Posted: 12 Jul 2017 07:28 AM PDT
Many authors that I speak with, whether self-published or published by a leading publisher, regardless of genre, a writer’s credentials, or the marketing campaign behind their books, will ask about how they can become a best-selling author. It is understandable that they’d want to make a list – they seek fame, fortune, and to be heard in a big way. But do our best-seller lists really represent the best books out there?
Best-seller lists are in today’s world a manipulated reward for those who know how to game the system. Through pre-launch orders arranged by an author’s marketing team, family and friends, one can hit a best-seller list not because of the merits of the book but the proof that expensive and persistent marketing has a pay-off. Nothing wrong there, but one should not be fooled into thinking that a best-seller is necessarily a great book. Heck, it may not even be a good one.
Once a book gets on a best-seller list it tends to beget more sales. More people – reviewers, media, consumers – pay attention to these lists and further create a demand for a book they know little about. It’s a process similar to when people choose the brand item vs. the generic or unknown label simply because it seems familiar and recognized in an authoritative way.
Then again, there’s almost a deliberate opposition to best-sellers by the literary snobbery. Whether it’s jealousy or something else, the elitists may purposely damn a book because it is popular and on a list. Everyone likes to knock a leader off his perch. But that kind of prejudice seems uncalled for. A best-seller can be a very good book. But its selling status is not necessarily an indicator of the content quality, just as a beautiful person may be ugly on the inside. No guarantees there.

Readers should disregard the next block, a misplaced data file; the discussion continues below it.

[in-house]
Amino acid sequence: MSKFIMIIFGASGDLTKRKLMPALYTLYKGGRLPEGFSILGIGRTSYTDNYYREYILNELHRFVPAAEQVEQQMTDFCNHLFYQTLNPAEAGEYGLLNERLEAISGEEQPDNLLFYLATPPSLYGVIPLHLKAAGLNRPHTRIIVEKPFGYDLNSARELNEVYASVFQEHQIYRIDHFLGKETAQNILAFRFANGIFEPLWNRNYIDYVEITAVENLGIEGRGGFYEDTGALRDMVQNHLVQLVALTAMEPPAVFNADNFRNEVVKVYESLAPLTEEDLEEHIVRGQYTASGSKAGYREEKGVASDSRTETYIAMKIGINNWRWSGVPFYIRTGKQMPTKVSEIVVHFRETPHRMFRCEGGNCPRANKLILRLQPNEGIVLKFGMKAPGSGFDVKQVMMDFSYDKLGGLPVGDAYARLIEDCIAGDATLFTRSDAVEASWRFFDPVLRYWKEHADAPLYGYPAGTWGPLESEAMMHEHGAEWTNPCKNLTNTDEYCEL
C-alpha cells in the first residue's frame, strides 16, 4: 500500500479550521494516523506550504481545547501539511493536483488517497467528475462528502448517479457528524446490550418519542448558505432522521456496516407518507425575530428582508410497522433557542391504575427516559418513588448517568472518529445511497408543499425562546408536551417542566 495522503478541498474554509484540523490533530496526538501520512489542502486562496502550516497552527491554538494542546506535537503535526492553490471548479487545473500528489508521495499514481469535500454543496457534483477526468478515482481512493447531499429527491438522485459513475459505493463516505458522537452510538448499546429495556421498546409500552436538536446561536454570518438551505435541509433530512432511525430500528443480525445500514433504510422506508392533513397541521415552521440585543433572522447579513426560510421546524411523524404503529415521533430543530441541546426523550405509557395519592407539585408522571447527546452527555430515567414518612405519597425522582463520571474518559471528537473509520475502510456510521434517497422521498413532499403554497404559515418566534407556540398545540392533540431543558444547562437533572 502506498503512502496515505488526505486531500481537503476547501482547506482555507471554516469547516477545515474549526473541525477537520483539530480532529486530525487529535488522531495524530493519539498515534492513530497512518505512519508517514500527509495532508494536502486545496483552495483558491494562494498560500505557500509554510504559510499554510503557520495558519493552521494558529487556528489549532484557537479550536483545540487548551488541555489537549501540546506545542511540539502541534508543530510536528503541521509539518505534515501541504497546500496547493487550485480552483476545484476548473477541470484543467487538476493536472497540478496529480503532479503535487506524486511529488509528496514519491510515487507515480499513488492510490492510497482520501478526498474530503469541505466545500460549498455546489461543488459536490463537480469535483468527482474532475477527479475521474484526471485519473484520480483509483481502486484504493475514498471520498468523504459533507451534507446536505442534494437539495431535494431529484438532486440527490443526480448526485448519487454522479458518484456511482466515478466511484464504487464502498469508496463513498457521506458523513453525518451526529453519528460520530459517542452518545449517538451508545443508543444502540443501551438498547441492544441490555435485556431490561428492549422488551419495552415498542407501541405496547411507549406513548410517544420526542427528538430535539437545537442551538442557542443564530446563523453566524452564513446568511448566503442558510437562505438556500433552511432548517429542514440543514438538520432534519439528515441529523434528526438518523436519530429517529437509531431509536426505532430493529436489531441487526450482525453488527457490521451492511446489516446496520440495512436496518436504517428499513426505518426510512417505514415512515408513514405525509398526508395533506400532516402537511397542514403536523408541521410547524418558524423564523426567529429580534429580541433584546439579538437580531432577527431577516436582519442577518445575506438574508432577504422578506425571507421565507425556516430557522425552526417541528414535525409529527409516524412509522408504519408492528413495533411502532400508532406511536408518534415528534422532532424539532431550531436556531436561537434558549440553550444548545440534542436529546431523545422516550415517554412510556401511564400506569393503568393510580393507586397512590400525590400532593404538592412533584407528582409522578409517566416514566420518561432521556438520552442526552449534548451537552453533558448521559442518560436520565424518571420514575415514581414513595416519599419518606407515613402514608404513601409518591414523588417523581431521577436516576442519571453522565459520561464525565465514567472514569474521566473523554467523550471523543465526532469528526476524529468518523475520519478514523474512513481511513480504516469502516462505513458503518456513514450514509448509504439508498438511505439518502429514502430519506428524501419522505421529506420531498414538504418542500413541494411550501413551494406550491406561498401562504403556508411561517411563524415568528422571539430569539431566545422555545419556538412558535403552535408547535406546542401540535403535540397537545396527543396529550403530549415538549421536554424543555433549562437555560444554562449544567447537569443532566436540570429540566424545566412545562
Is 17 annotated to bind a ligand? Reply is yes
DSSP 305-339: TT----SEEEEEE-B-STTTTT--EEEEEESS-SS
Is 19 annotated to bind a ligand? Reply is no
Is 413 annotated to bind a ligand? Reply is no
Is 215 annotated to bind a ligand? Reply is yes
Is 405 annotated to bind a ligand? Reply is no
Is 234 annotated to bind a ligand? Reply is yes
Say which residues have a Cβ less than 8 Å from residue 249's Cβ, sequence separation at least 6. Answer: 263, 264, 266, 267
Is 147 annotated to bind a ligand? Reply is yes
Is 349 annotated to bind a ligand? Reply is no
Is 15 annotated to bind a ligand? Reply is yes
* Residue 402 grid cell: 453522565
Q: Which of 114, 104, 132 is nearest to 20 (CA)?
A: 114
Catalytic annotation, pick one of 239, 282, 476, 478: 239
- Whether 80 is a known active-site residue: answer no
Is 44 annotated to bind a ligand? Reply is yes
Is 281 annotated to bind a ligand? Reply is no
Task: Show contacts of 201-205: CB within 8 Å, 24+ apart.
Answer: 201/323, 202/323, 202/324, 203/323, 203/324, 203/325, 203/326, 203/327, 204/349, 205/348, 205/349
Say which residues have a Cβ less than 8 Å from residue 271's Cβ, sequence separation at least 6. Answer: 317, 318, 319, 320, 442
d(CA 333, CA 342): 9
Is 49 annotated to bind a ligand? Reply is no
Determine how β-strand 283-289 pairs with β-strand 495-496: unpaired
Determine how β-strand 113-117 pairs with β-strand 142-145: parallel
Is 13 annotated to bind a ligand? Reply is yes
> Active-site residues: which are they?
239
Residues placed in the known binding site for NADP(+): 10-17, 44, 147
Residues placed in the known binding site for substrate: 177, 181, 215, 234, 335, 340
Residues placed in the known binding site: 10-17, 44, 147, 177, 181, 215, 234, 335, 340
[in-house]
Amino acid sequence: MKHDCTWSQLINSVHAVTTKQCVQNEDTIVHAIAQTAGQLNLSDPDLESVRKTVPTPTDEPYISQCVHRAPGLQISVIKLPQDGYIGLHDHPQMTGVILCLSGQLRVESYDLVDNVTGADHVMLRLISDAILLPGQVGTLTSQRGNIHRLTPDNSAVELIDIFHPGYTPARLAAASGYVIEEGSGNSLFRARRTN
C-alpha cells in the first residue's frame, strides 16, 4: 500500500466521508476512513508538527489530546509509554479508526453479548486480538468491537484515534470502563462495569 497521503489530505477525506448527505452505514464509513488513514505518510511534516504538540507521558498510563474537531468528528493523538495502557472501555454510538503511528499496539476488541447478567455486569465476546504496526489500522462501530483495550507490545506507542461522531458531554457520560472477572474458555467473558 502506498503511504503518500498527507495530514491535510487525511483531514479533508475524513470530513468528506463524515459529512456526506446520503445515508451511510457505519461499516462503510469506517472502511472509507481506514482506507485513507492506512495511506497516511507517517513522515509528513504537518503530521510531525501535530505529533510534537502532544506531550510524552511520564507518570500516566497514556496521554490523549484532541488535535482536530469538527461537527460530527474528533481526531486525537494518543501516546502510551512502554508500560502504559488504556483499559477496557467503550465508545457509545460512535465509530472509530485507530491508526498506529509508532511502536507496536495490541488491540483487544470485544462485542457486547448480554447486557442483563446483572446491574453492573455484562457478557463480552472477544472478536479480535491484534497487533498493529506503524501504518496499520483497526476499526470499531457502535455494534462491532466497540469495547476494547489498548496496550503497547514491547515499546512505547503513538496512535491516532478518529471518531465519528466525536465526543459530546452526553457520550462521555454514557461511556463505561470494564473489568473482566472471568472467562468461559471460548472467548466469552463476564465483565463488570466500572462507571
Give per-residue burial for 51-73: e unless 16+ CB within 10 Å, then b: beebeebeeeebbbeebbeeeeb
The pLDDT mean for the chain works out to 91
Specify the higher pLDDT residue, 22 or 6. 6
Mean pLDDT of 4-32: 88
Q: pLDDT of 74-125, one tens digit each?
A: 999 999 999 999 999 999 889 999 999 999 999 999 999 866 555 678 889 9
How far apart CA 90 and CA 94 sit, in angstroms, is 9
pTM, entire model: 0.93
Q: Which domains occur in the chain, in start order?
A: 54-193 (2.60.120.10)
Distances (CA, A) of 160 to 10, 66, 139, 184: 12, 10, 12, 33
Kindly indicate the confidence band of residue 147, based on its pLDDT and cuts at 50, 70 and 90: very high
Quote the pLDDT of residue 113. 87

Best-seller lists used to be influenced by a number of factors, including traditional reviews by a respected handful, huge advertising campaigns, big publicity tours, and positive word-of-mouth. Now a big player is pre-order shenanigans arranged by people who know how to process a certain amount of orders by reaching out to an author’s list of connections, including ones the author will underwrite book purchases for. Further, social media is now dictating popularity and fueling book sales, but again, the buzz is not necessarily based on the book’s purity – just its author’s financial ability to get influencers to post on his behalf.
Best-sellers are created and rarely just materialize organically. It’s a crafted, controlled process that represents not so much the best of books but the best of book marketing.
What will it take to make these lists purified and truly representative of real consumers and their reading judgments? We may never know.
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